How to Grow Very Large Tomatoes


Plant tomato plants as early as possible to grow very large tomatoes; a few weeks to a month before your last expected freeze date, advises Gordon Graham, the Guinness World Records title holder for the largest tomato. Organic Magazine recommends starting with indeterminate (varieties that produce throughout the season) tomatoes known to produce large fruits, such as Giant Belgium, Hillbilly, or Big Zac.

Step 1

Till your garden, in an area with full sun, to an 8-inch depth. Use a rake or rototiller to break up the soil with its tines.

Step 2

Sort through the soil by hand, removing rocks and weeds and any other debris. Dispose of these items in an outside trash container or trash bag.

Step 3

Shovel a 1- to 2-inch layer of compost on top of the soil. Re-till the area to mix the compost into the soil. Again, work down to a depth of 8 inches.

Step 4

Dig a hole with a shovel for each plant. Dig holes deep and wide enough for the roots of the plant and up to its base. Space holes according to the directions provided with your tomato plants.

Step 5

Set each plant in its hole. Spread out the roots of the plant in the hole. Pack the soil on top of the roots and up to the first set of leaves on the plant.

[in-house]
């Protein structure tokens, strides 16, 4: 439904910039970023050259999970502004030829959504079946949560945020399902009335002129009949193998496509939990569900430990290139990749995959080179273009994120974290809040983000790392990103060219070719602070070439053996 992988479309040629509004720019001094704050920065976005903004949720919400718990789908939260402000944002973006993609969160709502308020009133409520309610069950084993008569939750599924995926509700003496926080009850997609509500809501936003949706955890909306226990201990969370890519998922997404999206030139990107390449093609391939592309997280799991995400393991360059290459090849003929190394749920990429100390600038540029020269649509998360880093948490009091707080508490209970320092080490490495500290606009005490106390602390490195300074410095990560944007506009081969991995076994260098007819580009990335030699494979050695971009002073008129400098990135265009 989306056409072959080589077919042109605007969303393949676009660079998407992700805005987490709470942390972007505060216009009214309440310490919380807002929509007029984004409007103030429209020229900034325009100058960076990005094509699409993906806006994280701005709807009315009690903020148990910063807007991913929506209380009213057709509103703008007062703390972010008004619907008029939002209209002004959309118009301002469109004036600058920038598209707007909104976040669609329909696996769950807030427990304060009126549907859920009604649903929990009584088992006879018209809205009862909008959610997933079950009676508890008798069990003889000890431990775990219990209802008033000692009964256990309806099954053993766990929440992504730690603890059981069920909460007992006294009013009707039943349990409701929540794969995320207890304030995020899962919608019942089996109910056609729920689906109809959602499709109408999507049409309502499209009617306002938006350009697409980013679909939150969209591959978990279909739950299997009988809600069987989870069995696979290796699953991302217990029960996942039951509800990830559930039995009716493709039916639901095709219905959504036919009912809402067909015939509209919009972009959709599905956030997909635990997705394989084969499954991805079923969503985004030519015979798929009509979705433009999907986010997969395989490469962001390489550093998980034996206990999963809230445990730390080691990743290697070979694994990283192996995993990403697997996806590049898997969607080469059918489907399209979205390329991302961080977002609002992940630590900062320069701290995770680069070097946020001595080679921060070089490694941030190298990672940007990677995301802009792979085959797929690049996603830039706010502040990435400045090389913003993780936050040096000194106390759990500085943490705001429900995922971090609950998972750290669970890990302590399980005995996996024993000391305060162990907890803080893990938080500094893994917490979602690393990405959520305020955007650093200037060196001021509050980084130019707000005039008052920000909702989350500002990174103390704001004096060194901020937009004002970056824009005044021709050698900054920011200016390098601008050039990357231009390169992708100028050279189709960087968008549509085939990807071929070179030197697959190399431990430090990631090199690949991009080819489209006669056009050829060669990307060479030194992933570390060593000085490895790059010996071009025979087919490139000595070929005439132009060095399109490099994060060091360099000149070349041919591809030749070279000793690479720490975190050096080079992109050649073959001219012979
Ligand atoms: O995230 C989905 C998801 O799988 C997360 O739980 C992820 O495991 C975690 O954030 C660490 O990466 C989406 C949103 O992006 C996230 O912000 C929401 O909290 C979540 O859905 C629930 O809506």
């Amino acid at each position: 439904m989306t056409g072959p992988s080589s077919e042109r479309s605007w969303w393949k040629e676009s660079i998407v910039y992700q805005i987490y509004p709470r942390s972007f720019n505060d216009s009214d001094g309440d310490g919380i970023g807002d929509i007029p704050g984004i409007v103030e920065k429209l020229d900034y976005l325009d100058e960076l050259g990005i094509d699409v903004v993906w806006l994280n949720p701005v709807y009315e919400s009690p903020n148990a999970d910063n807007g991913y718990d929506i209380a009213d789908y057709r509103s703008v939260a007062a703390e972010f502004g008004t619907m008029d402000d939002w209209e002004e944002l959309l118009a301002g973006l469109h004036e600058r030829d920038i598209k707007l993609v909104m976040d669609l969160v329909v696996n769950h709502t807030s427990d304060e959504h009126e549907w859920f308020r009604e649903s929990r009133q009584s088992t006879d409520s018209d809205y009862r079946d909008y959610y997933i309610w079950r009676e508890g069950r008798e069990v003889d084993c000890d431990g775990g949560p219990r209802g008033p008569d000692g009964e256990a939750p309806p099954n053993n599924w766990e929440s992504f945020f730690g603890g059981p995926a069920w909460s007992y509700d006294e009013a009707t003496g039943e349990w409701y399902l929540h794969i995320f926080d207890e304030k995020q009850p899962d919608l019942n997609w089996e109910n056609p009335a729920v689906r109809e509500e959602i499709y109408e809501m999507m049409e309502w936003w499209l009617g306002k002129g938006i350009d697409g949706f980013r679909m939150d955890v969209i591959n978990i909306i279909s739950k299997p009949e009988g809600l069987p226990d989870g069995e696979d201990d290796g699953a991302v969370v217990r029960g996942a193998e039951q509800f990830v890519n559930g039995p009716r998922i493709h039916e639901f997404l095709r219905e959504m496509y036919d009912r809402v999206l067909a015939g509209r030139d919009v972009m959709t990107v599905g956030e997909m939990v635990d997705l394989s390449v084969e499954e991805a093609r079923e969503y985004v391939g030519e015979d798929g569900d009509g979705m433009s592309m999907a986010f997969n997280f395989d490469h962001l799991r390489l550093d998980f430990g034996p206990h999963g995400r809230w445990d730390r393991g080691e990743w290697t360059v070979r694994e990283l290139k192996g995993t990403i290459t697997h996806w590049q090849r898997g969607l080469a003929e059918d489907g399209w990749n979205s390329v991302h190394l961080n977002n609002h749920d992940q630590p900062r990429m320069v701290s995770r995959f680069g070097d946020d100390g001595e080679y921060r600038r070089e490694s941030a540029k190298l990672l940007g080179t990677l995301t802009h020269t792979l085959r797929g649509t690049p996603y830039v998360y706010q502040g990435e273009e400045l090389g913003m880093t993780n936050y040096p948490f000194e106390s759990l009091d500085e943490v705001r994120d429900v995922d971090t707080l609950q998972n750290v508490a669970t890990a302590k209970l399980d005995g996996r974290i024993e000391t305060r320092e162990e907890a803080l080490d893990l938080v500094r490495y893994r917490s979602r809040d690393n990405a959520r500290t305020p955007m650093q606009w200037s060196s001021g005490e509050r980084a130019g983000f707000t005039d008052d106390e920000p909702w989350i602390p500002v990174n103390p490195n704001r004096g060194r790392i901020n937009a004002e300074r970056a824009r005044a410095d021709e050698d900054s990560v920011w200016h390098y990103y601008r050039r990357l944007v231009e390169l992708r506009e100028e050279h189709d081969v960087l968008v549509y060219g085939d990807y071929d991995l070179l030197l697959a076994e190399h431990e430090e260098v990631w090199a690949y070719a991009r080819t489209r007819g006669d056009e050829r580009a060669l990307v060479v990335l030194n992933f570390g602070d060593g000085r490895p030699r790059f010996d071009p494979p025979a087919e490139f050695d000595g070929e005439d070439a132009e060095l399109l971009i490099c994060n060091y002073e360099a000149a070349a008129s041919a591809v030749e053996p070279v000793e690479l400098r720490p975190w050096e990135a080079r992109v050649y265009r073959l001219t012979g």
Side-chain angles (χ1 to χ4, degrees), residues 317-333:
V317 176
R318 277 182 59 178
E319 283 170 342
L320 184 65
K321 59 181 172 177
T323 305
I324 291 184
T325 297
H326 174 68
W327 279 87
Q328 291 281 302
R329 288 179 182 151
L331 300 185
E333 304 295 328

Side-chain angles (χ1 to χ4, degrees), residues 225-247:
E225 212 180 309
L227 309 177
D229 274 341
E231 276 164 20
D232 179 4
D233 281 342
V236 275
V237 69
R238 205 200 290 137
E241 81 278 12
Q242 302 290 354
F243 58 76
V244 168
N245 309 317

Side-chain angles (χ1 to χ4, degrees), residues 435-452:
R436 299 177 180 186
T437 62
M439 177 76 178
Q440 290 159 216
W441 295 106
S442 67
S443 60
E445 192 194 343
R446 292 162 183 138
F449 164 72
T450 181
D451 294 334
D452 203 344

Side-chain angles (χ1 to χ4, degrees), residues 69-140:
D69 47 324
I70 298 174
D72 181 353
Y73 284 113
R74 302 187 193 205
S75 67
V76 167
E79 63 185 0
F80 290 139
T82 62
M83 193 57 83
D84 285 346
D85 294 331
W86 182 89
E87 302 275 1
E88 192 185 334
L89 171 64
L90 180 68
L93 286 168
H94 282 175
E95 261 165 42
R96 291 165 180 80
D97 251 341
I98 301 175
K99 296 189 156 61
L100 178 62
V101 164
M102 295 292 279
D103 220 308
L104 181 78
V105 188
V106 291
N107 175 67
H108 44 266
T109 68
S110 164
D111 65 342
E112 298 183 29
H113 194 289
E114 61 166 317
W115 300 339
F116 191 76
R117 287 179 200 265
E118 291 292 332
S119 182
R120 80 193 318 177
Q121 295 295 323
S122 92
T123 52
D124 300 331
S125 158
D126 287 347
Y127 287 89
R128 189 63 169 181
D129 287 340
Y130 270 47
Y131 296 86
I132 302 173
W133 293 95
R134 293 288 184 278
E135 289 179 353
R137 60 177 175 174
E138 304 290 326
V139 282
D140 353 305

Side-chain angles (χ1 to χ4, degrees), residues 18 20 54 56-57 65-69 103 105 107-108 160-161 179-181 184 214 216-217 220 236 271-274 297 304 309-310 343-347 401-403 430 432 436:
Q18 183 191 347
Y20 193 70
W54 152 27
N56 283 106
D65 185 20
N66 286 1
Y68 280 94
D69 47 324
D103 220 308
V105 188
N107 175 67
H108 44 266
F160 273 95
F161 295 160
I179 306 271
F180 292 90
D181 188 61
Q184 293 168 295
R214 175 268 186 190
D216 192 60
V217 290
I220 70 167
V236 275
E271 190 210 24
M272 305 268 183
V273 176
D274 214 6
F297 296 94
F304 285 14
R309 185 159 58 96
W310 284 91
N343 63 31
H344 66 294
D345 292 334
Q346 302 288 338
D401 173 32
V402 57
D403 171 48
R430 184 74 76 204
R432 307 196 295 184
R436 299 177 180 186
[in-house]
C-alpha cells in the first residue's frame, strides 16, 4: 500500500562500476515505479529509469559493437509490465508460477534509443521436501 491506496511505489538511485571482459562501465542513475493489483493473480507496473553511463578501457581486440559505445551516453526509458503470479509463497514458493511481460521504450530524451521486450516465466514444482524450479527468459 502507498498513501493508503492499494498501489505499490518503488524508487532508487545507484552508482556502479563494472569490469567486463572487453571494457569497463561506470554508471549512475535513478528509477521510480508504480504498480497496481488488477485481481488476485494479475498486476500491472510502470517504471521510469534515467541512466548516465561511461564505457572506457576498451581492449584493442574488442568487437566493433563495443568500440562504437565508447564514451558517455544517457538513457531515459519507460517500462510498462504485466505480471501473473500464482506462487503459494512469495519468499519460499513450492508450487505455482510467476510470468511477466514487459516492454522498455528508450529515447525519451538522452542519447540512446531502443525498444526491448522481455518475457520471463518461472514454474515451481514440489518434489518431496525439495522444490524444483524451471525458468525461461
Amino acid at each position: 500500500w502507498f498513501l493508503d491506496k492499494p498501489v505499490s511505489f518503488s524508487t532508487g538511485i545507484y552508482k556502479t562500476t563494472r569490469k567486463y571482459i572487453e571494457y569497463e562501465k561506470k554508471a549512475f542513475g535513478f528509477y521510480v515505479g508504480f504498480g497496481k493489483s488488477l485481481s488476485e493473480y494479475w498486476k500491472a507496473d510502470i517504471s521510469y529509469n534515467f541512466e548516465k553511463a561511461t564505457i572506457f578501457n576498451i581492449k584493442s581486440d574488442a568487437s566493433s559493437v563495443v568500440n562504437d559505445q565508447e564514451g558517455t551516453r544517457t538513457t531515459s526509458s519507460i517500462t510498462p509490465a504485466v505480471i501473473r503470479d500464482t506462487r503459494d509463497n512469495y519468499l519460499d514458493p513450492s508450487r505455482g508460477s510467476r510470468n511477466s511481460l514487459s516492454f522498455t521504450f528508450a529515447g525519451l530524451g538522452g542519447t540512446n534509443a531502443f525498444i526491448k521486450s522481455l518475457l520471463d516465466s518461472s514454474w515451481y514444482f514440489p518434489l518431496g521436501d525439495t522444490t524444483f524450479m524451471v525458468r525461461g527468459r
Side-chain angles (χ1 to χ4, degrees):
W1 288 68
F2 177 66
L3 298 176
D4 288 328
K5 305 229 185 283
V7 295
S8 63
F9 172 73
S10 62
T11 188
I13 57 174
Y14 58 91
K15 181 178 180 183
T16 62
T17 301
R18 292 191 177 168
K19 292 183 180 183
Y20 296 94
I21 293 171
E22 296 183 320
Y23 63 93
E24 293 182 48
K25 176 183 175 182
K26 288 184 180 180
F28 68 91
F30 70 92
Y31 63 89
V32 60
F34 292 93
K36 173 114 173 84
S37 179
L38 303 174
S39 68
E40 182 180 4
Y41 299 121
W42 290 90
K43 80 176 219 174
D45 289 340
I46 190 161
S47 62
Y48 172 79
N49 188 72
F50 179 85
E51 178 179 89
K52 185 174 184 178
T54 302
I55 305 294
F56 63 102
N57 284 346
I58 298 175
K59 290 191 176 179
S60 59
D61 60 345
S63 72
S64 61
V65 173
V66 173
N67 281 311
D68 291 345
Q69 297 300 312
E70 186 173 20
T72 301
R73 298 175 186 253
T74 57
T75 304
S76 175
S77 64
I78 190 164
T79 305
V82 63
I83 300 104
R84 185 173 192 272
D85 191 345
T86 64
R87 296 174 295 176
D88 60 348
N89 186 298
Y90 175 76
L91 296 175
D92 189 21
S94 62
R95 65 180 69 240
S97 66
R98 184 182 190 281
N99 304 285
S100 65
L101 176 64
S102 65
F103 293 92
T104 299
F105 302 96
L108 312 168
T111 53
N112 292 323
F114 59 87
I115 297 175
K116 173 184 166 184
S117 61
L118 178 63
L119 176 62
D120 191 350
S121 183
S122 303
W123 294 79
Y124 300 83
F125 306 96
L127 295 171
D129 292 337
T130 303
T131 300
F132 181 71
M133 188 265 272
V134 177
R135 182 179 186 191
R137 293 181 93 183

Step 6

Place a strong, tall, steel tomato cage around the perimeter of the plant. Choose a cage at least 6 feet tall as many of the larger tomato plants grow to be over this height.

Step 7

Place a protective cover, like a cloche, over the plant. When planting early, tomato plants need protection from nighttime freezing temperatures. Remove the protective cover once all chance of frost has passed and when nighttime temperatures average over 50 degrees F.

Step 8

Water plants daily, unless the soil appears moist. Skip watering on days it rains.

Step 9

Fertilize the plants every two weeks with a fish emulsion fertilizer, available at nurseries or garden centers. Follow the directions provided with the fertilizer to determine how much fertilizer to use.

Step 10

Pinch off suckers, the flowers in the "Y" between the main stem and the branches, as soon as they develop. Leave only one stem on the plant to form fruit.

Things You'll Need

  • Rake or rototiller
  • Trash container
  • Shovel
  • Compost
  • Tomato cage
  • Cloches or other protective cover
  • Fish emulsion fertilizer


  • Organic Gardening: Grow Huge Tomatoes
  • Ed Hume Seeds: Summer Care of Tomatoes
  • Washington State University Extension: Tomato Growing Tips
Keywords: very large tomatoes, growing large tomatoes, large tomato tips

About this Author

Sommer Sharon has a bachelor's degree in IT/Web management from the University of Phoenix and owns a Web consulting business. With more than 12 years of experience in the publishing industry, her work has included "Better Homes and Gardens," "Ladies' Home Journal," "MORE," "Country Home," "Midwest Living," and "American Baby." Sharon now contributes her editorial background by writing for several Internet publications.